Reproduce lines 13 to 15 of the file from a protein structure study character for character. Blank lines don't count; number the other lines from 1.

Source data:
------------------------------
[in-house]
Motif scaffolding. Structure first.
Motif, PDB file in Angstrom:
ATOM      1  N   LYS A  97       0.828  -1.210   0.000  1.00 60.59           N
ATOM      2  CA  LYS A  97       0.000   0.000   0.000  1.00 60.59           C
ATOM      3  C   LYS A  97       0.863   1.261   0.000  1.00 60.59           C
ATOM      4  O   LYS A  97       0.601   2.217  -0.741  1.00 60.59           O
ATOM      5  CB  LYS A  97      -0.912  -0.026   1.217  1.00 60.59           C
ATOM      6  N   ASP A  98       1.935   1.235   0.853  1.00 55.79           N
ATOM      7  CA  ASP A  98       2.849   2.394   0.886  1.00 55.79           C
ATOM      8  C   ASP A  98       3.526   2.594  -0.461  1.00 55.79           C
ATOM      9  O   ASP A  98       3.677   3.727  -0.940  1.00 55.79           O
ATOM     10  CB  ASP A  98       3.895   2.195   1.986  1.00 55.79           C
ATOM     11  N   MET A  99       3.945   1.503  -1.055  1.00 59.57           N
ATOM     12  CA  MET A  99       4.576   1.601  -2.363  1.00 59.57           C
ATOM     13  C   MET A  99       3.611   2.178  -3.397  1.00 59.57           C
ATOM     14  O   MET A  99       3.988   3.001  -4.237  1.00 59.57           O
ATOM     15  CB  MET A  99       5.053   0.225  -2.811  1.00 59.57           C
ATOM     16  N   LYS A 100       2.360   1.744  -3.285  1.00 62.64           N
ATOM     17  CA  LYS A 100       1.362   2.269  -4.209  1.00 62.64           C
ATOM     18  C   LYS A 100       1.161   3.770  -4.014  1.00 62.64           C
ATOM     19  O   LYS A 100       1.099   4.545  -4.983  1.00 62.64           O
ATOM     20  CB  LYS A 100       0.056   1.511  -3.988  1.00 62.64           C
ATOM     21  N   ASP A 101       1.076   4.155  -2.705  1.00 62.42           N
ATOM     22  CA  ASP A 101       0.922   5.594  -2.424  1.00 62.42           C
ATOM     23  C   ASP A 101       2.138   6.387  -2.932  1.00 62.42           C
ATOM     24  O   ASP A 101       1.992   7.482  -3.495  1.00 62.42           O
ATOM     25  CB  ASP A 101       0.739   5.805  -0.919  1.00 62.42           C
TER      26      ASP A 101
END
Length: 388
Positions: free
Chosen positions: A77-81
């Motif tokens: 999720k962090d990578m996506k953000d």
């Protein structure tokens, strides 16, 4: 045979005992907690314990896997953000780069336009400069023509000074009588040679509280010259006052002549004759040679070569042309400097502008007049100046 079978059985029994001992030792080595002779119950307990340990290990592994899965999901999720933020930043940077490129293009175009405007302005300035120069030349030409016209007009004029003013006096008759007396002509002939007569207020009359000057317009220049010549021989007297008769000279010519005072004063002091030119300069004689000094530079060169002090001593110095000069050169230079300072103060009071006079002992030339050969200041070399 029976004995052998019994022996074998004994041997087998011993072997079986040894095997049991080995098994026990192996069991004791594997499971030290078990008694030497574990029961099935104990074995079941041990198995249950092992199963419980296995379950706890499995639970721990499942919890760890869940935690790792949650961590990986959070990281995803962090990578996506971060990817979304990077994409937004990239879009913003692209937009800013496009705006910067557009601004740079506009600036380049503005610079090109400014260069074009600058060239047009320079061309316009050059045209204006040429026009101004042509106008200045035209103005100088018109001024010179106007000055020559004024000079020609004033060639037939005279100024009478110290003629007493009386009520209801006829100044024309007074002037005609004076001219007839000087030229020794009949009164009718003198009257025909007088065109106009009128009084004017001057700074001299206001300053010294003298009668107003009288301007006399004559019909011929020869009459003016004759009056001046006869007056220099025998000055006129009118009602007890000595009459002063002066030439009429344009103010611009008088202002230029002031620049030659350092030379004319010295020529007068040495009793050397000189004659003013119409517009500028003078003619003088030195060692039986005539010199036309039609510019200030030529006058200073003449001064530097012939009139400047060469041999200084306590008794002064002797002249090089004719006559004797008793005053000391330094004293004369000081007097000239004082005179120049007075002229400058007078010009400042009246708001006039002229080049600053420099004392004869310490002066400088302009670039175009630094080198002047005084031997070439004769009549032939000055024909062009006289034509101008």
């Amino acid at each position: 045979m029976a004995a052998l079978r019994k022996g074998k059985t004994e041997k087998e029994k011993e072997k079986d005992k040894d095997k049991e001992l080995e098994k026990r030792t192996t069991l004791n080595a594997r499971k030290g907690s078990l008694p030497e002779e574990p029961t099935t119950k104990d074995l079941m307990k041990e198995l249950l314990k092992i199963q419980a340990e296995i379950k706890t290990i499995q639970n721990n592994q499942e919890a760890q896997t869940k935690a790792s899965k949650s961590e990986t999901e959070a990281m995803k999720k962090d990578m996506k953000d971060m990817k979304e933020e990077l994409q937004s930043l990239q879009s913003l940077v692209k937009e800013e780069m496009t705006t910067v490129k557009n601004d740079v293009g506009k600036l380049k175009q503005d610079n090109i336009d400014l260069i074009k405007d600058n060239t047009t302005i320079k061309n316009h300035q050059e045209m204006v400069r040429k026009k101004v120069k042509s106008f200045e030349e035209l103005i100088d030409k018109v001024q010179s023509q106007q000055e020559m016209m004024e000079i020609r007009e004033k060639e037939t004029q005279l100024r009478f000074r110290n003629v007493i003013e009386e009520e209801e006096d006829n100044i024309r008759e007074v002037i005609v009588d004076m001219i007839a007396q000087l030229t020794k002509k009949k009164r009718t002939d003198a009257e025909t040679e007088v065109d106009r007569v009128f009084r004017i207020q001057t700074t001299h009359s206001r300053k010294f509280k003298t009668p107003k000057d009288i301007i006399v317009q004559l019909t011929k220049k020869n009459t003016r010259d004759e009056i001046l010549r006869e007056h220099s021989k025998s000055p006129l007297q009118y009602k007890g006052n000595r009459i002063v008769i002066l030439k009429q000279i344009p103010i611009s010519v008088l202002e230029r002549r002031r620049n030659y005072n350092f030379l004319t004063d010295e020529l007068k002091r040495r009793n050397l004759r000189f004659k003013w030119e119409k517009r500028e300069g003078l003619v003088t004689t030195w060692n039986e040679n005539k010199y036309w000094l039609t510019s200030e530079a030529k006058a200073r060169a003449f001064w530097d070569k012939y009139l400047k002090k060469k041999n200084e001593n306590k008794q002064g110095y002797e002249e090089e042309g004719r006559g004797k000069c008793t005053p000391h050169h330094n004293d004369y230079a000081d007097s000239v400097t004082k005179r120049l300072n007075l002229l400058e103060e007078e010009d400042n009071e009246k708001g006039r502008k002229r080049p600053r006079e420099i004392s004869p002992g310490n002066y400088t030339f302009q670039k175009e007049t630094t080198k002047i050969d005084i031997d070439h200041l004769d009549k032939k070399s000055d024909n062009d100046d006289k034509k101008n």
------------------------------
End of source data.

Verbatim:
ATOM     10  CB  ASP A  98       3.895   2.195   1.986  1.00 55.79           C
ATOM     11  N   MET A  99       3.945   1.503  -1.055  1.00 59.57           N
ATOM     12  CA  MET A  99       4.576   1.601  -2.363  1.00 59.57           C